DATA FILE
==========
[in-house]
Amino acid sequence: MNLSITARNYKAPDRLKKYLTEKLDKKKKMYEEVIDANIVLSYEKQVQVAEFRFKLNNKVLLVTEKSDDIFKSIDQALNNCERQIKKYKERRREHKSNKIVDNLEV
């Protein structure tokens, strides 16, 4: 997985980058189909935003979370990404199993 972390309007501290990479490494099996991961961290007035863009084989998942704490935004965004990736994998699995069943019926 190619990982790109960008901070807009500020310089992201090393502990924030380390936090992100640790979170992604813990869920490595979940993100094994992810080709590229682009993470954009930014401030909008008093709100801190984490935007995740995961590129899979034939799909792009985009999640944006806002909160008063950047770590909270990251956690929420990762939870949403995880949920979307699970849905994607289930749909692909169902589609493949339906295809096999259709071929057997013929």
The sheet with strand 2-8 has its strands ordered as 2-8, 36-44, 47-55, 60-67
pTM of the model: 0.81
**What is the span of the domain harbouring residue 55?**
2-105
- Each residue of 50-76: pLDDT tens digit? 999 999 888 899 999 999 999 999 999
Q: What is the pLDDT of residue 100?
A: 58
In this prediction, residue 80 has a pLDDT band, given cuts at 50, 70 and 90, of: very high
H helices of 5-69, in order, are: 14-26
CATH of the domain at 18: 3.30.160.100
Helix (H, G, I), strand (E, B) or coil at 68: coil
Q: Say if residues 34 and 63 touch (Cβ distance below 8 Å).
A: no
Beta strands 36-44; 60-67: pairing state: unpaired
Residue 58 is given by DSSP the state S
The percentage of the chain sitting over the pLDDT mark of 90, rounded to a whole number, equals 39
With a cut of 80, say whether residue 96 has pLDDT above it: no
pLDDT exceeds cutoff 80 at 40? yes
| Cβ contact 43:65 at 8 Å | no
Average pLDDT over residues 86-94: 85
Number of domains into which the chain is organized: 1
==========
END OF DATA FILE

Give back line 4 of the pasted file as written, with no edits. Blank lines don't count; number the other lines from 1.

The sheet with strand 2-8 has its strands ordered as 2-8, 36-44, 47-55, 60-67